News Release

Filipa Rocha named finalist for the 2023 Young Inventors Award

Grant and Award Announcement

Faculty of Sciences of the University of Lisbon

Filipa Rocha named as a finalist for the Young Inventors Prize 2023

image: Filipa Rocha named as a finalist for the Young Inventors Prize 2023 view more 

Credit: European Patent Office.

Filipa Rocha, PhD student at the Faculty of Sciences of the University of Lisbon and teaching assistant at Instituto Superior Técnico (Técnico Lisboa) in Portugal, has developed a system that uses tangible blocks to promote inclusive digital learning for visually impaired children, thus teaching digital literacy and eliminating educational barriers. This work earned her the nomination as a finalist in the 2023 edition of the Young Inventors Award, established by the European Patent Office. The winner will be known on July 4, 2023, at the live broadcast ceremony that will take place in Valencia, Spain.

Approximately 90 million children and teenagers worldwide live with some form of sight loss, according to the International Agency for the Prevention of Blindness. Teachers and parents of children with visual impairments have difficulties finding mainstream educational tools and toys which they do not have to adapt. Filipa de Sousa Rocha has invented a block-based coding system to tackle the issue while democratizing access to digital education.  

Filipa Rocha has been named as one of three finalists for the second edition of the Young Inventors Prize, which the European Patent Office established to inspire the next generation of inventors. The prize recognizes young innovators aged 30 or under who have developed technological solutions to tackle global problems and help reach the United Nations Sustainable Development Goals (SDGs). Filipa Rocha’s work in improving access to education contributes to UN SDG 4: Quality Education and UN SDG 10: Reduced Inequalities.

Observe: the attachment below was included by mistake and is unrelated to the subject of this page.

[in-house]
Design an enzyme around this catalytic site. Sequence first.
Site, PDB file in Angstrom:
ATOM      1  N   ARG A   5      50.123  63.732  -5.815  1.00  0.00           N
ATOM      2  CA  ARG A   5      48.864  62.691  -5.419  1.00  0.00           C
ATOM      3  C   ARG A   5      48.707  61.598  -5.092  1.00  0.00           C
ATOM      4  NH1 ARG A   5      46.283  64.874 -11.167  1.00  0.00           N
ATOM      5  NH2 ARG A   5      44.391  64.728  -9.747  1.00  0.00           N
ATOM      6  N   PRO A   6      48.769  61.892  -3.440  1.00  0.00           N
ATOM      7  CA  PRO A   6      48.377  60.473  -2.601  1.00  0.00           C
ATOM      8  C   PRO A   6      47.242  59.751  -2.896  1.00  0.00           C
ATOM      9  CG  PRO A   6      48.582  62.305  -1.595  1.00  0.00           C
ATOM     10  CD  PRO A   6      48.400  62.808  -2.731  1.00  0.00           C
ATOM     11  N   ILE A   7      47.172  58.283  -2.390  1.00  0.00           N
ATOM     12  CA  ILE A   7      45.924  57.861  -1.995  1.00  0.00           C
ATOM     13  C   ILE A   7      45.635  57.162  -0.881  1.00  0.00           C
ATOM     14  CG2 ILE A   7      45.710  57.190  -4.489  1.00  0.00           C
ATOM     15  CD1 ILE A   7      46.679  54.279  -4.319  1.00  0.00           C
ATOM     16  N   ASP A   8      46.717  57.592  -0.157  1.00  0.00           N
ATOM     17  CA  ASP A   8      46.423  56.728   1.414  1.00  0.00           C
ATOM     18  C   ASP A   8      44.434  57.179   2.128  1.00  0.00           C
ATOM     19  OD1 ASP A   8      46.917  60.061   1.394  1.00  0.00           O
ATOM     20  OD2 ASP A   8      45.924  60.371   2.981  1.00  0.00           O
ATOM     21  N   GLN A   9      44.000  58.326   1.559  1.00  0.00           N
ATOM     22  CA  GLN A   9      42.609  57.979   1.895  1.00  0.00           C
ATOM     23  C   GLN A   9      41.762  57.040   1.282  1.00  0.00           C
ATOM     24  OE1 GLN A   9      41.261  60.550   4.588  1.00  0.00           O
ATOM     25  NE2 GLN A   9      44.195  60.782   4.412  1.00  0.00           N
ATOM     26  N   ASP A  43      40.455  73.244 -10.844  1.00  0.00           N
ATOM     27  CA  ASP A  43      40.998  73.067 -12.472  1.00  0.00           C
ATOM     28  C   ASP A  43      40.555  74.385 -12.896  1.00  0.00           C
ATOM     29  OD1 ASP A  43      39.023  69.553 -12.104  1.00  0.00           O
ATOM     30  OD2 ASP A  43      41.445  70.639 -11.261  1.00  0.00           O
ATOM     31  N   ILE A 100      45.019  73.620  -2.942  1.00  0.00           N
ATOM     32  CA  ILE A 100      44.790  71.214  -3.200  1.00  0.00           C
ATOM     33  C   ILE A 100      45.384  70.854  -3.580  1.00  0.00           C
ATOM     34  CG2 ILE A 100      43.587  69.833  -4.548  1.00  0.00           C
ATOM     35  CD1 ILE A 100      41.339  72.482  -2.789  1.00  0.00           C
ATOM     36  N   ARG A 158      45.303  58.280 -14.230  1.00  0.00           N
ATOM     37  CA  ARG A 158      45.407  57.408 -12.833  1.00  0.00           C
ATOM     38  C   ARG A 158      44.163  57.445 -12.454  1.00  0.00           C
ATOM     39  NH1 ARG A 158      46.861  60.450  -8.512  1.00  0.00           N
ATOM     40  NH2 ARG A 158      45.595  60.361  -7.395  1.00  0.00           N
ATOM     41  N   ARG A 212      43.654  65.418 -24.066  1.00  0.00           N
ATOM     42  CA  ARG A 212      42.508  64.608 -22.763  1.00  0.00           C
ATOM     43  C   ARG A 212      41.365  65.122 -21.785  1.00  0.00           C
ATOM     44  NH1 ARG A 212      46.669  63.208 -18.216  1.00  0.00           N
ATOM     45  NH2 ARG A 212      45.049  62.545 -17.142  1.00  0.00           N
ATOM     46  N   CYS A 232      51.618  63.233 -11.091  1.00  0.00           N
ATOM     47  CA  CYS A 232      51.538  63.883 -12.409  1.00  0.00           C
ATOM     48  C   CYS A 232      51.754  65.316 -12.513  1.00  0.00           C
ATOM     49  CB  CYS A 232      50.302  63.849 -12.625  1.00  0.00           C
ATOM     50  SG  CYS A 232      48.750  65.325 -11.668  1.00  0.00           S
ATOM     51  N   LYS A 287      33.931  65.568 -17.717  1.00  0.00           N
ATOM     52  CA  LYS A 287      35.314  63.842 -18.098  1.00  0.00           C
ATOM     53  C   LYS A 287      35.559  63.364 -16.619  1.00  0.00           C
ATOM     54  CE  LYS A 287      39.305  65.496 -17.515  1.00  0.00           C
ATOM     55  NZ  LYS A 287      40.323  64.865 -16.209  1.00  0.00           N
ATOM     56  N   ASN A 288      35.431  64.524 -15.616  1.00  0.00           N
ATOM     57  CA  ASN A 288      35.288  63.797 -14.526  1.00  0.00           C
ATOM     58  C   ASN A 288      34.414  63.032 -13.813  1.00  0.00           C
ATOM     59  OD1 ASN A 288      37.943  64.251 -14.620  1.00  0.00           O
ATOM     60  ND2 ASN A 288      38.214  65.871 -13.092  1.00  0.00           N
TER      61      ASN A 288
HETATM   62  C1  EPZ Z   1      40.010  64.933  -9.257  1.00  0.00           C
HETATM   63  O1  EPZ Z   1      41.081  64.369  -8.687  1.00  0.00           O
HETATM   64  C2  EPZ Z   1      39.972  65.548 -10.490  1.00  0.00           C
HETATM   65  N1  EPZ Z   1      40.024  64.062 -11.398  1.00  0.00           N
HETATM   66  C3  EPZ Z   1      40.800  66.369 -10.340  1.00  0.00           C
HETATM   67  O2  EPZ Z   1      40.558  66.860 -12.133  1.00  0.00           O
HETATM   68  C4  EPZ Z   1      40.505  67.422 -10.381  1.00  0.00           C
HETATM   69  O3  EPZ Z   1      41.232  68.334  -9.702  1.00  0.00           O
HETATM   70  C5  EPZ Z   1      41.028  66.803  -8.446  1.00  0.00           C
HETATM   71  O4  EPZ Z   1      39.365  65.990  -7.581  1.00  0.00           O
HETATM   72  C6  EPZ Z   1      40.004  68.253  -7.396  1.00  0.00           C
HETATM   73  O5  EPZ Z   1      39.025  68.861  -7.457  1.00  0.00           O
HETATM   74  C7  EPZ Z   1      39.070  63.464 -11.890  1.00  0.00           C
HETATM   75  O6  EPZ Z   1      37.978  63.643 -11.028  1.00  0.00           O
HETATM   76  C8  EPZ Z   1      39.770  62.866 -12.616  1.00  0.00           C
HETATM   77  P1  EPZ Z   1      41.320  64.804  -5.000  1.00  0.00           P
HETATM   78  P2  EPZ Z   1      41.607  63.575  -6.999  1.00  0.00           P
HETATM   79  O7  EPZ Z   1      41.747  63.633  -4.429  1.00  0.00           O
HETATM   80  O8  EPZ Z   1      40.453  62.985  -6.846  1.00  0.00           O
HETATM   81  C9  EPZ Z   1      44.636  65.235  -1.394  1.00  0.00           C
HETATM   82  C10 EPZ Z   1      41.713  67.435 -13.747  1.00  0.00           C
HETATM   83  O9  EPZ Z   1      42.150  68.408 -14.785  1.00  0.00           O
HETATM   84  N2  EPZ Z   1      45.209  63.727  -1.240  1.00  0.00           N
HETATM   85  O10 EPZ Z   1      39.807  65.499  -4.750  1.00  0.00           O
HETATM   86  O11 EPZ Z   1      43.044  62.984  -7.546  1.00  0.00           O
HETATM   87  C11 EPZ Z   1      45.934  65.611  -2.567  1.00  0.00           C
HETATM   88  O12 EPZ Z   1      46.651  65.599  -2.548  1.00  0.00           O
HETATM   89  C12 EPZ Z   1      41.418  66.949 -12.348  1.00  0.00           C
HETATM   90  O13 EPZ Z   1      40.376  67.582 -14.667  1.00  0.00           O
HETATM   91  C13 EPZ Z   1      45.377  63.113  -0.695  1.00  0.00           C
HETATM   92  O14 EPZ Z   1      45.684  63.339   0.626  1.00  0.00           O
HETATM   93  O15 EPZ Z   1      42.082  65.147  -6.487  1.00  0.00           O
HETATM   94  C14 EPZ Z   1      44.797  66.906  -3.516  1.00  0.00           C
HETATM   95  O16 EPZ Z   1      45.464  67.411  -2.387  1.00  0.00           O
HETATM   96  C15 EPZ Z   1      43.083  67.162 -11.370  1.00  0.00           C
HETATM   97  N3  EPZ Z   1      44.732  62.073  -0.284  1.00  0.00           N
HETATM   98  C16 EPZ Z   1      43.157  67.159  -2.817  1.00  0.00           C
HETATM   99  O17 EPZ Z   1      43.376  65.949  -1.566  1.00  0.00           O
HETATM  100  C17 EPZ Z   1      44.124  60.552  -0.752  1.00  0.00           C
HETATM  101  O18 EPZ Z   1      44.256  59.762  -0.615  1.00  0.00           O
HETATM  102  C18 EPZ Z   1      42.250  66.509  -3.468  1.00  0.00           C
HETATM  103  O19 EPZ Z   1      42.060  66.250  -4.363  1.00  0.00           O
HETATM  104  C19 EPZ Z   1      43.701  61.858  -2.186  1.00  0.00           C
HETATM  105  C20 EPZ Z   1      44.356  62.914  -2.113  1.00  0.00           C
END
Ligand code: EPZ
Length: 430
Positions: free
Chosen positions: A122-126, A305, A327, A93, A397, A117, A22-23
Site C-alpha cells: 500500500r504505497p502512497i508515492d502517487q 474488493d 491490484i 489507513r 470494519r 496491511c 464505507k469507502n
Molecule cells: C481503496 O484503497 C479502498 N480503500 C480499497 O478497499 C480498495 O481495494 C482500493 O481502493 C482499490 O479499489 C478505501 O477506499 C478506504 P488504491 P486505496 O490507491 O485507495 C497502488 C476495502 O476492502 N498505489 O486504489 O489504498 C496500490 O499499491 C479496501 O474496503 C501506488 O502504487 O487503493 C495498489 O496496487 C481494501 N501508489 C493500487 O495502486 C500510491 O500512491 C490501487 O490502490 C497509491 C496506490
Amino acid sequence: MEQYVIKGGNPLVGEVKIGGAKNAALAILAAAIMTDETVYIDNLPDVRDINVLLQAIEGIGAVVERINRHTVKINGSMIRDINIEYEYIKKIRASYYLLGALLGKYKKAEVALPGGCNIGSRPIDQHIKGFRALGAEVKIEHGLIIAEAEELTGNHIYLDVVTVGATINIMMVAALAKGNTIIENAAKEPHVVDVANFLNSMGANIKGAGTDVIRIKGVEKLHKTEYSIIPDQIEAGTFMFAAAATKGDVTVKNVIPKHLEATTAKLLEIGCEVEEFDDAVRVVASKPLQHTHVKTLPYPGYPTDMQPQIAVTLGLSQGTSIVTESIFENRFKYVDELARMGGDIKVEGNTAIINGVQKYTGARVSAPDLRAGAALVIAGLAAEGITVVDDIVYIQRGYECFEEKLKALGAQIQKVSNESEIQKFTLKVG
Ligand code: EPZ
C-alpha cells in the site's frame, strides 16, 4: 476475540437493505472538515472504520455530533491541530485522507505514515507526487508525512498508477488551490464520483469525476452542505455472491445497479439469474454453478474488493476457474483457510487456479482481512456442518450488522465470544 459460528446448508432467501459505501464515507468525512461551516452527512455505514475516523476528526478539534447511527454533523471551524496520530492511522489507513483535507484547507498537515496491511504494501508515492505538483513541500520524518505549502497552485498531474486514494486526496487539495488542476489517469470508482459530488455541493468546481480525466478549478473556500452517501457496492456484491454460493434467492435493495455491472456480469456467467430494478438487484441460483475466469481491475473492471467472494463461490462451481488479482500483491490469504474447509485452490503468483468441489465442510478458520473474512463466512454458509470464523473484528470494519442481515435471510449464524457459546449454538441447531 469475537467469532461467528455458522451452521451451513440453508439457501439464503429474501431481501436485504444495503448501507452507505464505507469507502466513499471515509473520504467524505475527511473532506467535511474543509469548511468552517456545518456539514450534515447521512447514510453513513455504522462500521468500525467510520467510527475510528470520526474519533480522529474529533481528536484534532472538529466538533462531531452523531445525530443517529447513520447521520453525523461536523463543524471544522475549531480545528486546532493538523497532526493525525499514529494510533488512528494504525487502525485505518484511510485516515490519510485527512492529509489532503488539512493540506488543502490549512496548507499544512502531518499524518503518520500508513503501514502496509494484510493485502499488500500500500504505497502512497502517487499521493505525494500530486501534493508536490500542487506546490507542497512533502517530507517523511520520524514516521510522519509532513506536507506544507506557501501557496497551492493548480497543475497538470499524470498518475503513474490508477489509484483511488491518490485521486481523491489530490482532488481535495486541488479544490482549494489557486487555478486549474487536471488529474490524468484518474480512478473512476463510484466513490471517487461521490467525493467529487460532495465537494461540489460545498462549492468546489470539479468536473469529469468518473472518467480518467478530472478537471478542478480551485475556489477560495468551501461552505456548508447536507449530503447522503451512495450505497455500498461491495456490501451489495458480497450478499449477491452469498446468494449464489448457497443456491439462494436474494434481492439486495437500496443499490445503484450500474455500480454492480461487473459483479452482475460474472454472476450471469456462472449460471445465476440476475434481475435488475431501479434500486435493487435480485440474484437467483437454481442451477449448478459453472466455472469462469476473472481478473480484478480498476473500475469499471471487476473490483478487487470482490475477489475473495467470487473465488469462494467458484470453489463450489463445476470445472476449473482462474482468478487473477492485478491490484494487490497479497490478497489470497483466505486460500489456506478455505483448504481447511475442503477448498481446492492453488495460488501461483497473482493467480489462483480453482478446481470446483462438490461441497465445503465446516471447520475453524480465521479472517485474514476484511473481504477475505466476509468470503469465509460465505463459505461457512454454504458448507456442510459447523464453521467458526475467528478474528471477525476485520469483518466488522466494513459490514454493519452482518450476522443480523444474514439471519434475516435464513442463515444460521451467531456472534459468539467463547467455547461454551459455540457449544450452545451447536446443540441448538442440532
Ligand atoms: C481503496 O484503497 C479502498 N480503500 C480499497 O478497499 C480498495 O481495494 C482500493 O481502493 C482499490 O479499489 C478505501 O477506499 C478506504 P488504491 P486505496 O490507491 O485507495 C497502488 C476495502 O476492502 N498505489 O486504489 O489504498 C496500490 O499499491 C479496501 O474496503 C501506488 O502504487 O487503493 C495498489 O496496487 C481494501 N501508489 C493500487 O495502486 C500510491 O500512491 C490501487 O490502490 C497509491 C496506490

“I think it is very important that we create accessible and inclusive technologies for everyone, regardless of abilities or disabilities. This means ensuring that the technology we develop can be used by people who are visually impaired or blind, for example, or by people with mobility or dexterity problems”, says Filipa Rocha.

Filipa Rocha is developing her research at LASIGE and at the Interactive Technologies Institute, under the supervision of researchers Tiago Guerreiro (Ciências ULisboa) and Hugo Nicolau (Técnico Lisboa).

The foundation of her work is block-based coding – a programming language where the developer builds sequences of instructions by dragging and dropping blocks on a monitor. The blocks are decorated with 3D foam icons. These icons represent directional movement or speaking functions used to command a robot’s behavior. Using these blocks, children with visual impairment can control the robot, as if they were playing a drag-and-drop computer game. Filipa Rocha calls this invention ‘Block-based Accessible Tangible Programming Systems’ or BATS.  

The prototype of the BATS learning tool took less than a year to create. It was tested remotely with five families of visually impaired children between 6 and 12 years old during the COVID-19 pandemic. Having almost no funding for the project, Filipa Rocha relied on building relationships with schools, associations, and families to bring her concept to life. Participating families suggested adding more blocks for training other concepts, like geography or mathematics. Filipa Rocha's work has made significant strides in making computational thinking accessible to all, particularly visually impaired and blind children. 

Through her work, Filipa Rocha has shared her passion for education by teaching digital literacy through play, bringing a smile to young people's faces as they develop skills like computer programming.

Disclaimer: AAAS and EurekAlert! are not responsible for the accuracy of news releases posted to EurekAlert! by contributing institutions or for the use of any information through the EurekAlert system.